Saturday, April 4, 2020

COVID-19 in SC, by Zip Codes

I just learned of this list - likely, your own state's health department has a similar breakdown.

It was pretty predictable. As soon as I saw it, I realized that I could have located those cases in the correct areas, just by knowing a few things:

  • Where are the densest areas located? The closer people live to one another, particularly in those areas with lots of apartments that are cramped spaces, the likelier it is to spread. If your living quarters are small and noisy, you are going to want to get out of there. You will be likelier to eat out, socialize outside, and interact with more people, thus increasing the chances of running into someone already infected.
  • Where are the poorer zip codes? Poorer people - generally - have one or more pre-existing conditions that increase the chances of needing hospital attention. Healthier people are likely to have few symptoms, and may not even need a doctor or to be tested. That skews the stats on who is positive for the virus.
  • Where are the transient populations? Understand, this is not just homeless, but also military and colleges. Anytime a lot of people without family are in a small geographic place, they are exposed to new germs. Their immune systems are already under stress. COVID-19 is just the final coup de gras.
Forcing people to harbor in place is not the best strategy for very long. We may have to accept differentiated isolation:
  • By age - sixty and older, stay home
  • By condition - those with respiratory diseases (Yes, even including asthma - many people downplay its seriousness, as it is so common, and generally controllable. But, in situations like this, asthmatics need to STAY HOME!), cardiac issues, cancers, and immunocompromised status.
  • Pregnant women probably should stay home - normally, pregnancy is more of an inconvenience, than a limitation. But, it does stress the body, and should be contraindicated to move about the community freely.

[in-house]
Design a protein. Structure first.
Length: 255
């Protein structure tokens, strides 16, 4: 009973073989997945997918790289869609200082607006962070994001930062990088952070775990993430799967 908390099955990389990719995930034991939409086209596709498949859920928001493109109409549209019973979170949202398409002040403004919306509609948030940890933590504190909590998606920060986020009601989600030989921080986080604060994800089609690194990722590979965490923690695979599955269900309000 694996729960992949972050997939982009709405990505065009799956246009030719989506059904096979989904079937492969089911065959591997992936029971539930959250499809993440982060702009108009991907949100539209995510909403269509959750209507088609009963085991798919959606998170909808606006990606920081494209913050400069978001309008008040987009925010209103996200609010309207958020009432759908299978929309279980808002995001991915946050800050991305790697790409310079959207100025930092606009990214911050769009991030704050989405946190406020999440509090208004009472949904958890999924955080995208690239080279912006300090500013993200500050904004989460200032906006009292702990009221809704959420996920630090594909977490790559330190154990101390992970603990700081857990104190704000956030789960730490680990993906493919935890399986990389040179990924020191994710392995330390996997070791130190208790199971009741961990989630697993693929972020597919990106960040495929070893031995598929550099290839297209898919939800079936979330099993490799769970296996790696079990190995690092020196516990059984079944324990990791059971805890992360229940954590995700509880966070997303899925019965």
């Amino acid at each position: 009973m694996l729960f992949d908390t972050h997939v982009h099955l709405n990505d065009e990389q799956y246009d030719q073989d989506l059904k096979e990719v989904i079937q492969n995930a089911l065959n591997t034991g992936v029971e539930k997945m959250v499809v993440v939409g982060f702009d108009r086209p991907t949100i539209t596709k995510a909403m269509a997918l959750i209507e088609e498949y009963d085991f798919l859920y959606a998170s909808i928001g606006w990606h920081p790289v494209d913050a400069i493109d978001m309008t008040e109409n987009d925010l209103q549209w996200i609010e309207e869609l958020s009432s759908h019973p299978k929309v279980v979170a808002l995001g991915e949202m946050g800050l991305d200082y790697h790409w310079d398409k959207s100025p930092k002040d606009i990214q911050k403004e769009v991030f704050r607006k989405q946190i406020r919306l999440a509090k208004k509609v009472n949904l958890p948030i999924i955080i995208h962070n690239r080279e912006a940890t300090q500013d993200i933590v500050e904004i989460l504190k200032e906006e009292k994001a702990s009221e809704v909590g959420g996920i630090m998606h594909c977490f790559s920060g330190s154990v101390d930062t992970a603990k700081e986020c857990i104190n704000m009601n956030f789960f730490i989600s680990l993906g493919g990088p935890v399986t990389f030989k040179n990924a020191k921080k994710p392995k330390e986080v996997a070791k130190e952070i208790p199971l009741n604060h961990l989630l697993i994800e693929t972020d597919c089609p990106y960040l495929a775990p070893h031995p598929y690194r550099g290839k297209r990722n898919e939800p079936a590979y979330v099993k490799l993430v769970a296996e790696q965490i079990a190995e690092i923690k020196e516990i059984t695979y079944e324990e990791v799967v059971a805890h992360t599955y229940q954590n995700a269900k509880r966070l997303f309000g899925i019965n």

• For now, children. They are germs little Petri dishes, who pose a serious danger to others. They may not get sick, but they will bring the disease home with them, and back to school. Better to move to online education for now.
  • Major cities. The only people moving around should be essential workers. Others should be home. It's cheaper to provide food and water (and delivered meds), than to pay for treatment and burial. Quarantine for anyone wanted to PERMANENTLY move out. Short-term moves NOT permitted.
The rest of the country should be permitted to return to work and more or less normal life - although with masks and less socializing. Those families with minor children should designate ONE person to work, the other to stay with the kids. Have as little contact with the person going in and out as possible, for a while.


Linda Fox said...

The role of the "super spreaders" - those who infect multiple people - needs to be researched, and public policy adjusted to reflect our need to clamp down on that means of adding to the caseload.

boron said...

Just what we need/want: martial law!
Ben Franklin put it best:
“Those who would give up essential Liberty, to purchase a little temporary Safety, deserve neither Liberty nor Safety”